Lawyers representing Trump's company wrote directly to the president of Panama last month asking for his intervention in a commercial dispute over the Trump International Hotel in Panama City. The law firm, Panama-based Britton and Iglesias, wrote in Spanish to President Juan Carlos Varela on March 22, warning that the case could have “repercussions” for Panama’s reputation, reports the Washington Post. (See Feb. 27's briefs.) WaPo notes the extraordinary nature of the request: "The U.S. president’s company was asking the leader of a U.S. ally to intercede on its behalf, disregarding Panama’s separation of powers. It is the first known instance of the Trump Organization asking directly for a foreign leader’s help with a business dispute since Trump was elected."
Former Brazilian president Luiz Inácio Lula da Silva is jailed in a special room of the Curitiba Federal Police building. Though it boasts no luxuries, his lawyer said the accommodations are not problematic, reports the New York Times.
The Workers' Party ratified yesterday that Lula will be its presidential candidate for October's election, and that his candidacy will be duly registered by the August deadline, reports the Associated Press.
A Brazilian association of criminal lawyers requested on Monday that a Supreme Court justice issue an injunction freeing. The request was presented to Justice Marco Aurelio Mello and asked that he free anyone who is in jail but has not yet had the chance to bring their case before Brazil’s top appeals court, which is the situation with Lula, reports Reuters.
The Brazilian Supreme Court could vote as early as tomorrow on a constitutional question over when prison sentences should start for people convicted of corruption. The result could actually release Lula from jail, reports the AFP. (See last Friday's and yesterday's posts.) The potential flip by the same court that last week sent Lula to jail is a worrisome development in a country where institutions are increasingly seen as acting with political bias.
In a recent Wall Street Journal column Mary Anastasia O'Grady accuses the U.N. backed international anti-graft commission in Guatemala -- the CICIG -- of acting on behalf of the Kremlin and unfairly persecuting its enemies. Specifically she points to the case of three Russian nationals, who were convicted and sentenced to jail in January. The CICIG responded that the prosecution of the Russian Bitkov family was part of a wider case of a criminal network operating within the country's migration authority. (See March 29's briefs.) A Nómada investigation further unravels O'Grady's allegations -- noting that the investigation started in 2010, three years before a Russian bank tipped off authorities about the Bitkov's illicit immigration status. The January sentence included 36 other people involved in the selling of falsified identification documents. The piece notes that the CICIG receives no funding from Russia. Its $18 million annual budget comes from the U.S., Sweden and the European Union. Nómada's investigation instead uncovers a more grave accusation in reference to the migration criminal network: the union official who originally reported irregularities was assassinated in 2010. Months before, he went to the Guatemalan human rights prosecutor's office and reported receiving threats from authorities at the migration authority, then run by Enrique Degenhart, current Ministro de Gobernación. The Morales administration hassought to expel the CICIG head, Iván Velásquez, last year and undermine the anti-graft commission's efforts. (See yesterday's briefs on the proliferation of trolling and fake news in Colombia, largely targeting the CICIG.)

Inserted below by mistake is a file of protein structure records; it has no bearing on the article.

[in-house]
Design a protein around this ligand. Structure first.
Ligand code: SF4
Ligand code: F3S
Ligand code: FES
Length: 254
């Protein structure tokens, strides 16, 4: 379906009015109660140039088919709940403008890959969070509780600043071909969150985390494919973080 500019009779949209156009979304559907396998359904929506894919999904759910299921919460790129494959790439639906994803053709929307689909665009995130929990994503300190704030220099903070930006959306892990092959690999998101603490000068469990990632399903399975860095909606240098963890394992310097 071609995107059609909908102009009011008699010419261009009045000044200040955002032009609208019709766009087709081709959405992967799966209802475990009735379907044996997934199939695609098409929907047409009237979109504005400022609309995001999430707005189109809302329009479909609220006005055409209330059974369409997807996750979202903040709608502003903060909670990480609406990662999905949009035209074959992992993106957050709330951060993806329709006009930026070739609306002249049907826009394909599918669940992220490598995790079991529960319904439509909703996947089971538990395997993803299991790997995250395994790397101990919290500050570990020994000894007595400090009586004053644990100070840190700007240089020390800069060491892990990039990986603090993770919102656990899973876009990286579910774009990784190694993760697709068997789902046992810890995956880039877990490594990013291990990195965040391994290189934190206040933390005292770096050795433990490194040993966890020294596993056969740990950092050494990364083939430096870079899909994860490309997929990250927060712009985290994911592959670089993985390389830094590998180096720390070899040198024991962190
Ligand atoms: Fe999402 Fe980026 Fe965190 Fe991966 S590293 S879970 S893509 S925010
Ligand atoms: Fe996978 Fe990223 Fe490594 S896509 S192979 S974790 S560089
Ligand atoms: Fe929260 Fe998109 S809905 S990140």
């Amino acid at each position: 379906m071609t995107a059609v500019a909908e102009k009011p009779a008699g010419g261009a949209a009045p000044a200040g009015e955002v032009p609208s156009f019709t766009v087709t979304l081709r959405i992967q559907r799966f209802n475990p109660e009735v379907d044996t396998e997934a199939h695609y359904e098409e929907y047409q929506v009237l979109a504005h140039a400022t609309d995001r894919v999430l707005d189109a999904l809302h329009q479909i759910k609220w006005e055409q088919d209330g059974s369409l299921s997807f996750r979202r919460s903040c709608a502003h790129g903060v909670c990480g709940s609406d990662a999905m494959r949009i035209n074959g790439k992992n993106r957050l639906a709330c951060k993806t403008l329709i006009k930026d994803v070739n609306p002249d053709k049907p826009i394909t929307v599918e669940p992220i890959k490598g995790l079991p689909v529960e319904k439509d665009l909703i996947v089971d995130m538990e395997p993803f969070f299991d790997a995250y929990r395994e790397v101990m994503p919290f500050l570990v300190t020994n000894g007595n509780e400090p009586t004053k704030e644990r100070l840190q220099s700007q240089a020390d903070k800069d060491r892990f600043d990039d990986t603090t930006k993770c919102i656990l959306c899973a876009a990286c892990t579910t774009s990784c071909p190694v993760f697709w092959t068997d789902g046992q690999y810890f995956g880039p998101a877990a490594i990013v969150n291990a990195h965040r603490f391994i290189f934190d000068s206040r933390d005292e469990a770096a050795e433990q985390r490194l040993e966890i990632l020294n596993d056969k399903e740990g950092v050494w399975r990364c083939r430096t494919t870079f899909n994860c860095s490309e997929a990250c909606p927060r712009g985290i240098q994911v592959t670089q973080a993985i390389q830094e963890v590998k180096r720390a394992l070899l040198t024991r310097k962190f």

Venezuela's "Supreme Court in Exile," made up of jurists appointed by the opposition-led National Assembly, say they will try Venezuelan President Nicolas Maduro on allegations of corruption and money laundering, reports the Associated Press.
Paraguayan's vote on April 22. Financing of political parties is a key issue to be addressed in order to shore up public confidence, according to the head of the European Union Election Observation Mission. In addition, the European team issued a report with 30 recommendations designed to contribute to strengthening future elections in Paraugay, including constitutional reforms and stricter application of existing regulations, reports EFE.
Chile is tightening up rules for immigrants from Haiti and Venezuela, reports the Miami Herald. Advocates fear this will only increase people living in the country illegally.
Ecuadorean authorities believe three kidnapped journalists are being held on Colombian soil, reports EFE.
Ecuador's Comptroller office suggested that former President Rafael Correa was responsible for mismanagement of the national debt between 2012 and 2017, calling for a criminal sentence and administrative fines, reports TeleSUR.